The decision to abandon the STOVL jet could be rubber-stamped at a meeting of the National Security Council next week, although ministers are aware that the move could be controversial.

 

Giving up on the STOVL aircraft could lead to accusations of waste, since the Ministry of Defence has already spent more than £500 million on the programme.

 

But insiders say the overall saving of buying standard fighters instead will more than justify writing off that spending.

 

Pulling out of the STOVL project could also strain British relations with the US. The STOVL jet is being jointly developed with the US Marine Corps, and without British involvement, US costs are likely to increase.

 

Government sources said ministers will blame the previous administration for the need to change plans on the carriers and their aircraft.

 

A source said: “Labour chose the wrong type of aircraft and the wrong configuration of carrier, and they wasted a lot of money doing it. What’s going on now is about trying to fix that mess.”

 

An MoD spokesman said: “The Defence Secretary has made clear that tough decisions will need to be made but the complex process of a Strategic Defence and Security Review will be concluded in the Autumn and speculation at this stage about its outcome is entirely unfounded.”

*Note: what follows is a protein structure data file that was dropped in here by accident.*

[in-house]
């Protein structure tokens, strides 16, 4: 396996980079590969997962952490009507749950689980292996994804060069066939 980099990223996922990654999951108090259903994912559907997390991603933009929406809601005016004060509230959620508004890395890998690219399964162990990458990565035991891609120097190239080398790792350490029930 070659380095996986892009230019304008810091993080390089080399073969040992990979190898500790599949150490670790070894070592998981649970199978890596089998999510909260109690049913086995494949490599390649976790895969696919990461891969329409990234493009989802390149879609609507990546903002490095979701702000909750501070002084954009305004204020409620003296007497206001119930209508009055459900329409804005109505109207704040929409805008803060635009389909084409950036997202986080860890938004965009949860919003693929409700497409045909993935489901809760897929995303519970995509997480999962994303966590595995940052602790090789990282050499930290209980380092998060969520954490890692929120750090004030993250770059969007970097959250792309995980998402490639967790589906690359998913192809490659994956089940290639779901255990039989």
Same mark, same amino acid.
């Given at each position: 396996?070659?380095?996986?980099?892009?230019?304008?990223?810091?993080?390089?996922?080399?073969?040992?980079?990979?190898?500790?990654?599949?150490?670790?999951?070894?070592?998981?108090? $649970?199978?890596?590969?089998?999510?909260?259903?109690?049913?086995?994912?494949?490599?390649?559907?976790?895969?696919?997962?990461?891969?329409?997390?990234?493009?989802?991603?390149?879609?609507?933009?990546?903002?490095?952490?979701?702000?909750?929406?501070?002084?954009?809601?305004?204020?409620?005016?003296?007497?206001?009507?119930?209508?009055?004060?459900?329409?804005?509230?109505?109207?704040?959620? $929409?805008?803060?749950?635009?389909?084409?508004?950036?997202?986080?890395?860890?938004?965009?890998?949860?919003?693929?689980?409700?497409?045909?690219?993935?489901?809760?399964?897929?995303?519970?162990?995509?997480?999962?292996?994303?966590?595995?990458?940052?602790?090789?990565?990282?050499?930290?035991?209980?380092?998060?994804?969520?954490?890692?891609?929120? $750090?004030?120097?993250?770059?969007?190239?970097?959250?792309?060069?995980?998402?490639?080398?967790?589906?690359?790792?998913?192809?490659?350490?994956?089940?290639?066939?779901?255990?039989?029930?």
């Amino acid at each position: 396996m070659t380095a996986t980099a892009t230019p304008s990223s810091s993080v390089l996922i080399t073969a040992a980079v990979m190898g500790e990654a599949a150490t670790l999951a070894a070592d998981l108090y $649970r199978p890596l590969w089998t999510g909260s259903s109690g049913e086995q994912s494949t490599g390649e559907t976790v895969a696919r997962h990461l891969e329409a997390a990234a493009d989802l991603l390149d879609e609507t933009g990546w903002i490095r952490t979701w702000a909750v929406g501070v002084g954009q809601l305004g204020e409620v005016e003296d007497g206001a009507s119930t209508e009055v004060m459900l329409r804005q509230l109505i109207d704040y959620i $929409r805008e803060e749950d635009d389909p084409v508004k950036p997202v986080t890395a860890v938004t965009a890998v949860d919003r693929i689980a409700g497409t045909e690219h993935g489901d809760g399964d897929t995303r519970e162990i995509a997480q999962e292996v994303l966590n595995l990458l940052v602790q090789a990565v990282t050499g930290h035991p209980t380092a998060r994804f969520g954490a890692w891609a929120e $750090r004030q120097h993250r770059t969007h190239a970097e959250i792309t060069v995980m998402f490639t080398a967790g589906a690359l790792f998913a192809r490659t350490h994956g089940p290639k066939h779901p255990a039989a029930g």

Telegraph

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Makes sense to me as it also means the RN can get a proper AWAC's now instead of a cobbled together Seaking... Also it does mean that the RN can go down the road and purchase the Superbug instead... or a mix of both... also due to the size of the carriers it seems crazy not to have catapult launching on it... Also its a good slap in the face to the Arms industry here designing kit for the UK military and then charging 3 times as much for it and offering poorer capability than what can be purchased cheaper elsewhere...

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the uk would be ebtter off out of jsf anyway. - conventional carriers with super hornets and hawkeyes.A combination already proving itself on US carriers. The JSF cant carry amraam stealthily and to even have a descent combat persistance would need to carry weapons/fuel on pylons which would negate its stealth anyway, not to mention the extra drag incurred. Change now before the navy gets a turkey to fight with !!!!!

post-1-066678300 1283209762.jpg

 

Jump jets to fall victim to spending cuts

 

Telegraph -- By James Kirkup, Political Correspondent -- 30 August 2010

 

In a move that could put hundreds of British manufacturing jobs at risk, defence chiefs are ready to abandon plans to buy a vertical-landing fighter jet for the Royal Navy.

 

Instead, a cheaper conventional-landing warplane will replace the Navy’s Harriers when they retire.